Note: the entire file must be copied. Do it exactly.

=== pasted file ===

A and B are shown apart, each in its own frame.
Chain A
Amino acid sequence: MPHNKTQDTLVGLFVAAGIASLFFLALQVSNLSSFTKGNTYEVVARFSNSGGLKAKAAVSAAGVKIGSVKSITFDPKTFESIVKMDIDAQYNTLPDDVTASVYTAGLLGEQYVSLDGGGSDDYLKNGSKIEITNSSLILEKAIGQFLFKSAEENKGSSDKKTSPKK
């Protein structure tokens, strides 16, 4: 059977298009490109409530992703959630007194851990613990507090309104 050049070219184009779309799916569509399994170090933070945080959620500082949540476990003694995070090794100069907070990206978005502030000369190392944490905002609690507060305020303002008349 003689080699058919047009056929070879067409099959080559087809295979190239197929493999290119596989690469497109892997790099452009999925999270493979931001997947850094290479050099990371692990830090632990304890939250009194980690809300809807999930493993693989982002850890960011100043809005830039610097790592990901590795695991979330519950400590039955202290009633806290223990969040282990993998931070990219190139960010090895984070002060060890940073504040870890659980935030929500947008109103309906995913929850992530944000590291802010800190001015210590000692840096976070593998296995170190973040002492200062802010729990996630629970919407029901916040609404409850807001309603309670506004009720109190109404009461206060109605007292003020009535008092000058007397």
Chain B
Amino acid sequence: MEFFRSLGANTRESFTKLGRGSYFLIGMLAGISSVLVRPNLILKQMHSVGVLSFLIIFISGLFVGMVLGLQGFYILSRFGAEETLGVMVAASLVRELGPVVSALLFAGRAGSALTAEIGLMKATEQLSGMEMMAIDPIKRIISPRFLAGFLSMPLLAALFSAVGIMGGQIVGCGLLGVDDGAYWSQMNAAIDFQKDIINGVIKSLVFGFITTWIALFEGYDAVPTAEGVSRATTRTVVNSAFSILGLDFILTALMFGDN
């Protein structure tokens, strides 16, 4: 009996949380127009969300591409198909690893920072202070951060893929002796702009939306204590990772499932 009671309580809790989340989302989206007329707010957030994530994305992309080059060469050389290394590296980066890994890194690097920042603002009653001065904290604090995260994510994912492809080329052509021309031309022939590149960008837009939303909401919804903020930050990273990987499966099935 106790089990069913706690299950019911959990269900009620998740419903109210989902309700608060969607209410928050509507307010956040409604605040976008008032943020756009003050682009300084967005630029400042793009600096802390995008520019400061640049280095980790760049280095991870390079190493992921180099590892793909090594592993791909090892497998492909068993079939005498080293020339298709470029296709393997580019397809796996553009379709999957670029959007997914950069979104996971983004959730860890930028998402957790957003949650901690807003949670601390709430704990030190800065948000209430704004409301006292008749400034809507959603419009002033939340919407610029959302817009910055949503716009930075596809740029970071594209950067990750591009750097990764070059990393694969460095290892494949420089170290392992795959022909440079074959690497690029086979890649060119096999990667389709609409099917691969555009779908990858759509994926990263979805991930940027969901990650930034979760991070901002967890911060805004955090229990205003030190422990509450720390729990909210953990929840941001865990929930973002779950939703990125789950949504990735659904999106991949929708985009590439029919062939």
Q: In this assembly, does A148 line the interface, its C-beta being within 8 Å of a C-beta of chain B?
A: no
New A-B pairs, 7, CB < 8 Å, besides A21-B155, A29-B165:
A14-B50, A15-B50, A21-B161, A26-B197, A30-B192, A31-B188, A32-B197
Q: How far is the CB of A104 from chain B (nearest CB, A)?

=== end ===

A and B are shown apart, each in its own frame.
Chain A
Amino acid sequence: MPHNKTQDTLVGLFVAAGIASLFFLALQVSNLSSFTKGNTYEVVARFSNSGGLKAKAAVSAAGVKIGSVKSITFDPKTFESIVKMDIDAQYNTLPDDVTASVYTAGLLGEQYVSLDGGGSDDYLKNGSKIEITNSSLILEKAIGQFLFKSAEENKGSSDKKTSPKK
């Protein structure tokens, strides 16, 4: 059977298009490109409530992703959630007194851990613990507090309104 050049070219184009779309799916569509399994170090933070945080959620500082949540476990003694995070090794100069907070990206978005502030000369190392944490905002609690507060305020303002008349 003689080699058919047009056929070879067409099959080559087809295979190239197929493999290119596989690469497109892997790099452009999925999270493979931001997947850094290479050099990371692990830090632990304890939250009194980690809300809807999930493993693989982002850890960011100043809005830039610097790592990901590795695991979330519950400590039955202290009633806290223990969040282990993998931070990219190139960010090895984070002060060890940073504040870890659980935030929500947008109103309906995913929850992530944000590291802010800190001015210590000692840096976070593998296995170190973040002492200062802010729990996630629970919407029901916040609404409850807001309603309670506004009720109190109404009461206060109605007292003020009535008092000058007397």
Chain B
Amino acid sequence: MEFFRSLGANTRESFTKLGRGSYFLIGMLAGISSVLVRPNLILKQMHSVGVLSFLIIFISGLFVGMVLGLQGFYILSRFGAEETLGVMVAASLVRELGPVVSALLFAGRAGSALTAEIGLMKATEQLSGMEMMAIDPIKRIISPRFLAGFLSMPLLAALFSAVGIMGGQIVGCGLLGVDDGAYWSQMNAAIDFQKDIINGVIKSLVFGFITTWIALFEGYDAVPTAEGVSRATTRTVVNSAFSILGLDFILTALMFGDN
């Protein structure tokens, strides 16, 4: 009996949380127009969300591409198909690893920072202070951060893929002796702009939306204590990772499932 009671309580809790989340989302989206007329707010957030994530994305992309080059060469050389290394590296980066890994890194690097920042603002009653001065904290604090995260994510994912492809080329052509021309031309022939590149960008837009939303909401919804903020930050990273990987499966099935 106790089990069913706690299950019911959990269900009620998740419903109210989902309700608060969607209410928050509507307010956040409604605040976008008032943020756009003050682009300084967005630029400042793009600096802390995008520019400061640049280095980790760049280095991870390079190493992921180099590892793909090594592993791909090892497998492909068993079939005498080293020339298709470029296709393997580019397809796996553009379709999957670029959007997914950069979104996971983004959730860890930028998402957790957003949650901690807003949670601390709430704990030190800065948000209430704004409301006292008749400034809507959603419009002033939340919407610029959302817009910055949503716009930075596809740029970071594209950067990750591009750097990764070059990393694969460095290892494949420089170290392992795959022909440079074959690497690029086979890649060119096999990667389709609409099917691969555009779908990858759509994926990263979805991930940027969901990650930034979760991070901002967890911060805004955090229990205003030190422990509450720390729990909210953990929840941001865990929930973002779950939703990125789950949504990735659904999106991949929708985009590439029919062939």
Q: In this assembly, does A148 line the interface, its C-beta being within 8 Å of a C-beta of chain B?
A: no
New A-B pairs, 7, CB < 8 Å, besides A21-B155, A29-B165:
A14-B50, A15-B50, A21-B161, A26-B197, A30-B192, A31-B188, A32-B197
Q: How far is the CB of A104 from chain B (nearest CB, A)?